Tuesday, 8 January 2013: 4:00 PM
Room 17A (Austin Convention Center)
R. D. Sharman, NCAR, Boulder, CO; and R. Frehlich and J. Williams
Traditionally, turbulence forecasting has relied on developing empirical correlations between certain large scale atmospheric features and turbulence experienced by aircraft. Over the last few years turbulence forecasting has evolved so that these features or diagnostics are routinely derived automatically from operational NWP model forecasts to provide gridded products. But these diagnostics are still based primarily on empirical relations, and do not provide direct prediction of atmospheric turbulence levels and do not provide a clear understanding of how these large scale features contribute to aircraft-scale turbulence. Further, since such diagnostics are empirically-based, there is no theoretical guidance for assigning thresholds for light, moderate, and severe turbulence.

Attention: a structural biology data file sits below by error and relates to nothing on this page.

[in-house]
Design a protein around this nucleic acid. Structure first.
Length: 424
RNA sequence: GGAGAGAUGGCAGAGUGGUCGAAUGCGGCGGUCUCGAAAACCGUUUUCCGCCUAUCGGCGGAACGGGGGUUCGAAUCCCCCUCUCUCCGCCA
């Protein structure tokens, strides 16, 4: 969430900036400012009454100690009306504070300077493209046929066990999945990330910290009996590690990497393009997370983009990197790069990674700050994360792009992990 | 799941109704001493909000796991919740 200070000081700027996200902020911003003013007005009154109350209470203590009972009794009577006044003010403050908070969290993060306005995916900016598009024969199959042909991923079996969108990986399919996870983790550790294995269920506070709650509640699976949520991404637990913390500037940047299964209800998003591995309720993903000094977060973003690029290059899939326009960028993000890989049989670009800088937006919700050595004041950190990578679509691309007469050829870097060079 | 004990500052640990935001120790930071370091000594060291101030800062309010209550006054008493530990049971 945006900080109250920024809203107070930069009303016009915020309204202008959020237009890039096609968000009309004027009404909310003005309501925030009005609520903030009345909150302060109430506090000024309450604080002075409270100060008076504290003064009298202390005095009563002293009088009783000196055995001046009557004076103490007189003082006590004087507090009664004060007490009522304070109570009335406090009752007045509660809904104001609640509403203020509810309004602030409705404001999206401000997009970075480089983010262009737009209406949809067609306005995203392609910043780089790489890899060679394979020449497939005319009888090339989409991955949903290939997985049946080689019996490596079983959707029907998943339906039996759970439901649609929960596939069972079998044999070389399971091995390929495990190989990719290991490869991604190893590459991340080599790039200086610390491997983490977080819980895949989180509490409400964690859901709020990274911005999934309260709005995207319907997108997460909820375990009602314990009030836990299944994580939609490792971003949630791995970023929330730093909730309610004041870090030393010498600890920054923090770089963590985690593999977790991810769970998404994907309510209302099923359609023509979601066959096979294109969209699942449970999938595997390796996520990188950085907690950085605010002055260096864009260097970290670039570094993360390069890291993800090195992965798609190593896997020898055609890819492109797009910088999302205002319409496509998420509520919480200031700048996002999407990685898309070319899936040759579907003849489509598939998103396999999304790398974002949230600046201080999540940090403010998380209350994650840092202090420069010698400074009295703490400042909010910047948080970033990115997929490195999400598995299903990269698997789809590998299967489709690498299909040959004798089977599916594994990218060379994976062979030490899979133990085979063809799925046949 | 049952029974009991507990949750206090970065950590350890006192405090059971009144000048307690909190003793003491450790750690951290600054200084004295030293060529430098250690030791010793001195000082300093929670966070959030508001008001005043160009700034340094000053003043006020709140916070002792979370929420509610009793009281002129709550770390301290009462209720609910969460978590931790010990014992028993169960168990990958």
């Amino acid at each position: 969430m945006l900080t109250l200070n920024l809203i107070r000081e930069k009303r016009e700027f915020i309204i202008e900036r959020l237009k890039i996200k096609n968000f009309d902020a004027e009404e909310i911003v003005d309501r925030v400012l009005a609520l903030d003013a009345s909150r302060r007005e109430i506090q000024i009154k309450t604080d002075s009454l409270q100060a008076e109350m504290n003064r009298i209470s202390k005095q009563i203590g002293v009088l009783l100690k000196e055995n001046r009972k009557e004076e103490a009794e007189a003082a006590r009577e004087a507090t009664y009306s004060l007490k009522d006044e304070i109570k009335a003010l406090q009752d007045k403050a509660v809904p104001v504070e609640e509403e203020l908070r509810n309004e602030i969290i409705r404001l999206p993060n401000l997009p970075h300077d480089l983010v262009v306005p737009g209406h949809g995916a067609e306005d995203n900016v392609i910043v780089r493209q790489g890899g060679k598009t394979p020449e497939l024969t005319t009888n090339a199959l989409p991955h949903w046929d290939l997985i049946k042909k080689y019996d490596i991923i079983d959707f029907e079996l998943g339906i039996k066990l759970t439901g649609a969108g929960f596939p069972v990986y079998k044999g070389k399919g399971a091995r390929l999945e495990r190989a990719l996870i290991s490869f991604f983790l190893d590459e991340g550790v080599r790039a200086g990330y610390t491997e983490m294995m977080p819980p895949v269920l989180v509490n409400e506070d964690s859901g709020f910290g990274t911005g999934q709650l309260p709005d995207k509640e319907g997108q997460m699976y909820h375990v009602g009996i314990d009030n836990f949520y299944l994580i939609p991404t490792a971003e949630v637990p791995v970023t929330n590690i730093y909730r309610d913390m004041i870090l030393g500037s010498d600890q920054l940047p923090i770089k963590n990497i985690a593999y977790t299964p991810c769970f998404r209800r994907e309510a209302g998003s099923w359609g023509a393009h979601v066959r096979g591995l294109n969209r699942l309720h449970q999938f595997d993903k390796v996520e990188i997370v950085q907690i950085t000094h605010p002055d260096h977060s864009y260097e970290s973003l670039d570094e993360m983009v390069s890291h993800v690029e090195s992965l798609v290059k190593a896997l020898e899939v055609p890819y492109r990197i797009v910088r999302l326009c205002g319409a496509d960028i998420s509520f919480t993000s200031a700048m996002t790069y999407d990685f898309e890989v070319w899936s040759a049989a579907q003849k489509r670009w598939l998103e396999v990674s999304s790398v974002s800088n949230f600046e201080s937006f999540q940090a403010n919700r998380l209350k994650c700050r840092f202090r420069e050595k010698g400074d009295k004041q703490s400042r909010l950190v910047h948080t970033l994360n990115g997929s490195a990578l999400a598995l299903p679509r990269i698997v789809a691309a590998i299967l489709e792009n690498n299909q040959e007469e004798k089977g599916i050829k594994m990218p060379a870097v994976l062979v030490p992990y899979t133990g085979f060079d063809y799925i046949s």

However, there have been recent advances in routine observations of turbulence which provide an aircraft-independent atmospheric measure of turbulence (EDR= ε1/3 where ε is the eddy dissipation rate), and in our understanding of the downscale cascade processes from large scales (which the NWP model resolves) to aircraft scales (which are not resolved) that allow us to start developing turbulence diagnostics which are derived from turbulence theory rather than from empirical correlations, and output turbulence intensity (EDR) directly. Other traditional diagnostics can be converted to an EDR intensity scale by using an assumed log-normal probability distribution function (consistent with aircraft turbulence measurements) to map from the diagnostic units/scales to EDR.
These techniques and preliminary statistical evaluations of their EDR predictive performance will be presented.
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